Saturday, January 2, 2010

Cotechino time!

This is traditional Italian New year's fare. Typical from Emilia-Romagna, specifically Modena. This sausage is a bit of an enigma, well, in this country anyway. I was never able to find it consistently. One salumeria had it one year, then, not the next. Another was out of stock when I was looking there. Long story short, last year was when I first received the grinder attachment for the Kitchen Aid stand mixer. I performed an internet search for Cotechino in an effort to see if I could get some mail ordered by New year's. The search also turned up a recipe from a book on how to make it at home. The light bulb went on. It has been on ever since and spiraled out of control into what you're reading right now. Anyway, this was the first sausage I ever made. It was just last year and it was atrocious. I had no idea what I was doing, but at least they looked ok. So, with a year under my belt, I was confident I could pull it off. Over at Jason Molinari's blog, a Cotechino discussion was started with Al Verona. Al suggested the use of jowls as opposed to backfat. For my ratios I went 50% pork shoulder, 25% pig skin, 25% jowls. For spices, I used cinnamon, nutmeg, clove, coriander, and a touch of hot pepper, along with black pepper and cure #1. The ratios of these spices are all relatively small, all were based on Paul Bertolli's cotechino. I did, however, use a touch more cinnamon than what his calls for.

The meat and fat were ground through the course die. The pig skin, boiled for 40 minutes, was ground through the fine die. I did not do a second grinding through the course die, as I've seen suggested. I don't think my jowl was cold enough and feared it would start to smear. It already was looking pretty soft. They were stuffed in beef middles and hung in my curing chamber. I took 2 down and cooked them yesterday. I'm afraid I have to add that there was one huge, glaring error in making this sausage. I forgot to add SALT! This bothered me for two days. But, I wasn't about to cut them down and start over again. I figured I would aggressively salt the poaching liquid and season each slice as it was still really hot and would absorb a good bit of salt. I poached them in barely boiling, or "smiling" water for about 2 hours. They were then left in the water for another 20-30 minutes. I prepared a nice bed of marinated lentils for the slices of cotechino to rest upon. I got lucky, I sliced the cotechino and salted each slice on both sides. I've only had a handful of cotechini, so, I don't have a wide frame of reference. But, from what I've had, this was better than the others. The lack of salt wasn't an issue. It tasted very good, perhaps a bit, just a bit, heavy on the cinnamon. Other than that, I thought they tasted and looked just like they should.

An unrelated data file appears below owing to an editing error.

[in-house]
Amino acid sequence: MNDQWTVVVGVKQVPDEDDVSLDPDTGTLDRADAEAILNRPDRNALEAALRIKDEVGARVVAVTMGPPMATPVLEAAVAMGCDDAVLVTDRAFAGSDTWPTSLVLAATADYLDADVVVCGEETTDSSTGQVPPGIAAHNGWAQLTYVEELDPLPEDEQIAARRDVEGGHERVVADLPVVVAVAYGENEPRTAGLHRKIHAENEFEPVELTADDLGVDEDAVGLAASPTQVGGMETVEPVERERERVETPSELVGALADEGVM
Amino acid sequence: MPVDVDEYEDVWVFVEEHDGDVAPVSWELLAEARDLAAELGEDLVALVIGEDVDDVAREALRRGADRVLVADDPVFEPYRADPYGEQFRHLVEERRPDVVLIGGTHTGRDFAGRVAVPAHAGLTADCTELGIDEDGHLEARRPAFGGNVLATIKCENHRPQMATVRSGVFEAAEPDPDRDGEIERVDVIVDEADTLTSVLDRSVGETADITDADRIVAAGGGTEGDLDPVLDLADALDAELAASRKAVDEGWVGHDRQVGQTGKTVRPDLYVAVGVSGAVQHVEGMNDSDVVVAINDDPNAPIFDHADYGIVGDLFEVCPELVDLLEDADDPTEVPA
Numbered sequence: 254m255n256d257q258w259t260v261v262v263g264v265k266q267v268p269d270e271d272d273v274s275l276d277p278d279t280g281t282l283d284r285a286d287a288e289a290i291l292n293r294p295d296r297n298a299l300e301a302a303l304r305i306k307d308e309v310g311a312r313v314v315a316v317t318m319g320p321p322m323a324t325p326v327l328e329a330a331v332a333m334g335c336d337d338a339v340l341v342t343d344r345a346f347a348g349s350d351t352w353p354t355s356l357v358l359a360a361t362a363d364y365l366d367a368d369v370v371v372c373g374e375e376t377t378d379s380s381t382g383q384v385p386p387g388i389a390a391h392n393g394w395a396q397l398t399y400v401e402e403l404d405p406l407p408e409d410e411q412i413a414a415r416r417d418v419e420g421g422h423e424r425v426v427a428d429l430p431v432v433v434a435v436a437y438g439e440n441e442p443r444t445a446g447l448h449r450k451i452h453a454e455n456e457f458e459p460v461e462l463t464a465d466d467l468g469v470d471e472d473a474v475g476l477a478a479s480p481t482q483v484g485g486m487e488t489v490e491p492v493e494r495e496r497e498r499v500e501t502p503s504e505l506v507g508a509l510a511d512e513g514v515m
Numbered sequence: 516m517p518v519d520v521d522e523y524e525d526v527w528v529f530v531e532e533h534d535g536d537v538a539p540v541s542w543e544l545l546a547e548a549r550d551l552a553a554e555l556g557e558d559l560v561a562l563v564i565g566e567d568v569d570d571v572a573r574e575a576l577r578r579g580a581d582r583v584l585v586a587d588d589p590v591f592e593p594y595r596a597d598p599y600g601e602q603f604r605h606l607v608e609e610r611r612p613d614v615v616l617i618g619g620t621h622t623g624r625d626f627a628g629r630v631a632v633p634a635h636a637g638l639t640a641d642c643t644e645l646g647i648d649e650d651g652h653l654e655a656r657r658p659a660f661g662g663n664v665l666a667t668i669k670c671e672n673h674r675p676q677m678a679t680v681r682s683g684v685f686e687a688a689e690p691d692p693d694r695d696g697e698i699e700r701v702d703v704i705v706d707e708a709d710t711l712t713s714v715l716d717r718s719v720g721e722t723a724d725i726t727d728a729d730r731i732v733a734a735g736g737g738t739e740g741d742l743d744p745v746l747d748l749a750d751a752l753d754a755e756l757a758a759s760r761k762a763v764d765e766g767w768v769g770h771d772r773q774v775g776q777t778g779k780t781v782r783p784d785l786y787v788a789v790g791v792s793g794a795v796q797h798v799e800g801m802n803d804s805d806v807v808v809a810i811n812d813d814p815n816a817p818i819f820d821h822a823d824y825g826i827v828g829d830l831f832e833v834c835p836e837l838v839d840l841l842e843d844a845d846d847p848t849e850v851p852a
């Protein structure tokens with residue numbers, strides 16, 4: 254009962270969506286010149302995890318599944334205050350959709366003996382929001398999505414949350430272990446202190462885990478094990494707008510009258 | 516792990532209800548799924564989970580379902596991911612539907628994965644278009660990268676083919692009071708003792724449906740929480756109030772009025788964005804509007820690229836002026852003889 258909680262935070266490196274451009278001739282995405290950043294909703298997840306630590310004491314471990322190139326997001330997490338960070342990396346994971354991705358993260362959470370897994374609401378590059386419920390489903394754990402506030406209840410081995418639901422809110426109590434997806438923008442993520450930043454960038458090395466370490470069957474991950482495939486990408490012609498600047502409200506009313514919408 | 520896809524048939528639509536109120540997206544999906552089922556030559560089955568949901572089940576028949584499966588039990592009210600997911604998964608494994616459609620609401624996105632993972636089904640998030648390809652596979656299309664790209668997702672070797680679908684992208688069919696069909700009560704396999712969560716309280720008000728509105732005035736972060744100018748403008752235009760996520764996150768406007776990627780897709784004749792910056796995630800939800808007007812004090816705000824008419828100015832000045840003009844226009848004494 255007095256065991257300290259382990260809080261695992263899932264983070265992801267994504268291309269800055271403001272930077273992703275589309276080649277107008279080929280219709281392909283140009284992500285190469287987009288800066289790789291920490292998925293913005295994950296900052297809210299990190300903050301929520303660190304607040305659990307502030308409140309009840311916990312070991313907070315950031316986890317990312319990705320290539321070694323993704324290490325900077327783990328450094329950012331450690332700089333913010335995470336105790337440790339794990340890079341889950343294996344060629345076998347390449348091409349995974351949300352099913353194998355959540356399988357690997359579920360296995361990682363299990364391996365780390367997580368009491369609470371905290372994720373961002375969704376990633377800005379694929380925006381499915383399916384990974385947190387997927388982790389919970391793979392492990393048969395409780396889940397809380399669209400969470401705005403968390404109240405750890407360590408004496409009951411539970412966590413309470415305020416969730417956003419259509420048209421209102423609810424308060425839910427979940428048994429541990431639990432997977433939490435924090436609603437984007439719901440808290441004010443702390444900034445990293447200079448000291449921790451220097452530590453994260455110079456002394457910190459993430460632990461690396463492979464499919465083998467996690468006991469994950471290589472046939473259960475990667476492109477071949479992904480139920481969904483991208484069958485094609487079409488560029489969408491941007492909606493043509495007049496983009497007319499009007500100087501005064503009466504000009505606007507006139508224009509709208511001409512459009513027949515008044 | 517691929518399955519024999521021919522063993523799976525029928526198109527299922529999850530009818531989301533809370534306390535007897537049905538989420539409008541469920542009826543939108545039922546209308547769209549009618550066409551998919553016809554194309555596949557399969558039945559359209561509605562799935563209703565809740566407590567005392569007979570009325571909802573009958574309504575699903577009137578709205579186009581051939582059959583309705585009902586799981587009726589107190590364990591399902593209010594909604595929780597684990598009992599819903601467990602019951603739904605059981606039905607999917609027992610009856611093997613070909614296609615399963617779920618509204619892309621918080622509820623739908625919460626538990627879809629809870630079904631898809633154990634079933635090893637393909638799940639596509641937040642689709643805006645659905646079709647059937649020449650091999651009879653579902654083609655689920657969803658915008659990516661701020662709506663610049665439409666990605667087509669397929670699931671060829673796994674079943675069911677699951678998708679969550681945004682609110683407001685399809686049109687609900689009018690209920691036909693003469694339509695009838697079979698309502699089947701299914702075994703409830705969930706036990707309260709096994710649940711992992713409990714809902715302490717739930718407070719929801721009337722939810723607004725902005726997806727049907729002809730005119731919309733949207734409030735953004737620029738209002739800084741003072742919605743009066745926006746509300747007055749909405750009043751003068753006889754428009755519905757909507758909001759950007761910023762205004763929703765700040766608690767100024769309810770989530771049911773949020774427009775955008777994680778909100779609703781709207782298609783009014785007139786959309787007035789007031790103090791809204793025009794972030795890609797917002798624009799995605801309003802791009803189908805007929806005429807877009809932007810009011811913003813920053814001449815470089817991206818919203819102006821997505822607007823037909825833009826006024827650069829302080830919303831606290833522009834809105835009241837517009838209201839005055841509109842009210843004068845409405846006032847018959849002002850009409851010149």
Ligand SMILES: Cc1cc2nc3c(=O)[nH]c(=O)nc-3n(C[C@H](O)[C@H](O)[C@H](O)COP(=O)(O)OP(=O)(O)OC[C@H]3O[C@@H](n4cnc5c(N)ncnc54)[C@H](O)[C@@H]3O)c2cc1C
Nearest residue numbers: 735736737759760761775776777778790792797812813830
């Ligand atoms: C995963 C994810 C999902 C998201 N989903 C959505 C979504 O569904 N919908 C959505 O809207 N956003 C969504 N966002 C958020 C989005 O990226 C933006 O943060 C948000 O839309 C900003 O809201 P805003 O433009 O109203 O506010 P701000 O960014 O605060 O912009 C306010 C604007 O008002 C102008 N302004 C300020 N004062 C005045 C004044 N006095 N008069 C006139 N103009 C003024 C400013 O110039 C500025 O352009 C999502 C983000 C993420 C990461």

1. (insert applause emoticon)
    However, in my experience the pork skin has been cooked for much longer so that it almost gelatinous and then ground chilled. 25% pork jowl may be a bit ambitious since it is so fatty, might be better off curing it for guanciale.

    What wouldn't be a bad idea would be to stuff them in 32-35 casings and simmer the cotechino in the lentils with water and let all that jelly
    goodness thicken the stuff up.

    I made New Year's day Boudin Blanc with pureed red lentils cooked in veal tallow and onions instead of bread. Good stuff.

  2. Wow Scott. I was under the impression you had been at this more than just a year. Nice work on all the things you've attempted/completed! Nice pairing of the sausage and lentils. One of my favorite dishes eaten in france was a saussice de toulouse with Puy lentils.

  3. Oste: I, too, was concerned that 25% jowl was a bit much. But, based on the finished product, I can't say it was an issue. The skin was prepared as instructed by Paul Bertolli. I'll definitely try cooking it much longer next time.

    Charcutier: Thanks....interesting blog.

  4. Scott, as a big fan of gelatinous meat, your pictures and description are making me wish I had a source for pig skin! None of the slaughter houses around here has a scalder, so they just skin the pigs and throw it away!

  5. I'm sure I could wrangle some up for you. Maybe even some wooly Mangalitsa!

  6. Scott, i think Oste meant cooking the cotechino longer, not pre-boiling longer. You want the skin to convert to gelatin inside your sausage, not before griding!
    Looks awesome!!

    Have you tried Mangalitsa pork?

  7. Thanks, Jason. I will be going to Mosefund either next week or the week after. I've been clamoring to get my hands on some of that.

  8. @ JasonMolinari.
    I suggest simmering the skin longer as I don't think 40 minutes is enough to get it tender. I braise skin-on pork belly for 2-3 hours and when roasting it there is still enough gelatin to stun a Rabbi. I chill the skin overnight and grind it with the meat, though in proportions closer to 1/3 skin/meat.

  9. Oste: i boiled my skin this year only 8 minutes, and it was soft enough to grind...